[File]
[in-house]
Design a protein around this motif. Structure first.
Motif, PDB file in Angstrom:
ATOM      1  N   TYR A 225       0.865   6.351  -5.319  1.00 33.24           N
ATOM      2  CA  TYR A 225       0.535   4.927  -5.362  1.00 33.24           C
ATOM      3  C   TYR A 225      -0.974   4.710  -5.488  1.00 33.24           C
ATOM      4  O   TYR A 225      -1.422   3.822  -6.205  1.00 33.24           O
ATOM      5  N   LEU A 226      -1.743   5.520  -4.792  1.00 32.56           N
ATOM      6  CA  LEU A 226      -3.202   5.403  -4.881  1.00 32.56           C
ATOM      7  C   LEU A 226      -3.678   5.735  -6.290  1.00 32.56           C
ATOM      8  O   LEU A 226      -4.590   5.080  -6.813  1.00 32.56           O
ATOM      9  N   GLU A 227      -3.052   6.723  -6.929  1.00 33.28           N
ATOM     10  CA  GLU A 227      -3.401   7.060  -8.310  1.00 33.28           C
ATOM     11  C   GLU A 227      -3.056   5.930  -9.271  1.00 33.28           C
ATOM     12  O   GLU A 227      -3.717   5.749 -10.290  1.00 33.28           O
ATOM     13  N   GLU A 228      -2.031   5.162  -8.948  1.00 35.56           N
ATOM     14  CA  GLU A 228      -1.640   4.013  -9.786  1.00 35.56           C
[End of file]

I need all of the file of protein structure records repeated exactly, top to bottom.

[in-house]
Design a protein around this motif. Structure first.
Motif, PDB file in Angstrom:
ATOM      1  N   TYR A 225       0.865   6.351  -5.319  1.00 33.24           N
ATOM      2  CA  TYR A 225       0.535   4.927  -5.362  1.00 33.24           C
ATOM      3  C   TYR A 225      -0.974   4.710  -5.488  1.00 33.24           C
ATOM      4  O   TYR A 225      -1.422   3.822  -6.205  1.00 33.24           O
ATOM      5  N   LEU A 226      -1.743   5.520  -4.792  1.00 32.56           N
ATOM      6  CA  LEU A 226      -3.202   5.403  -4.881  1.00 32.56           C
ATOM      7  C   LEU A 226      -3.678   5.735  -6.290  1.00 32.56           C
ATOM      8  O   LEU A 226      -4.590   5.080  -6.813  1.00 32.56           O
ATOM      9  N   GLU A 227      -3.052   6.723  -6.929  1.00 33.28           N
ATOM     10  CA  GLU A 227      -3.401   7.060  -8.310  1.00 33.28           C
ATOM     11  C   GLU A 227      -3.056   5.930  -9.271  1.00 33.28           C
ATOM     12  O   GLU A 227      -3.717   5.749 -10.290  1.00 33.28           O
ATOM     13  N   GLU A 228      -2.031   5.162  -8.948  1.00 35.56           N
ATOM     14  CA  GLU A 228      -1.640   4.013  -9.786  1.00 35.56           C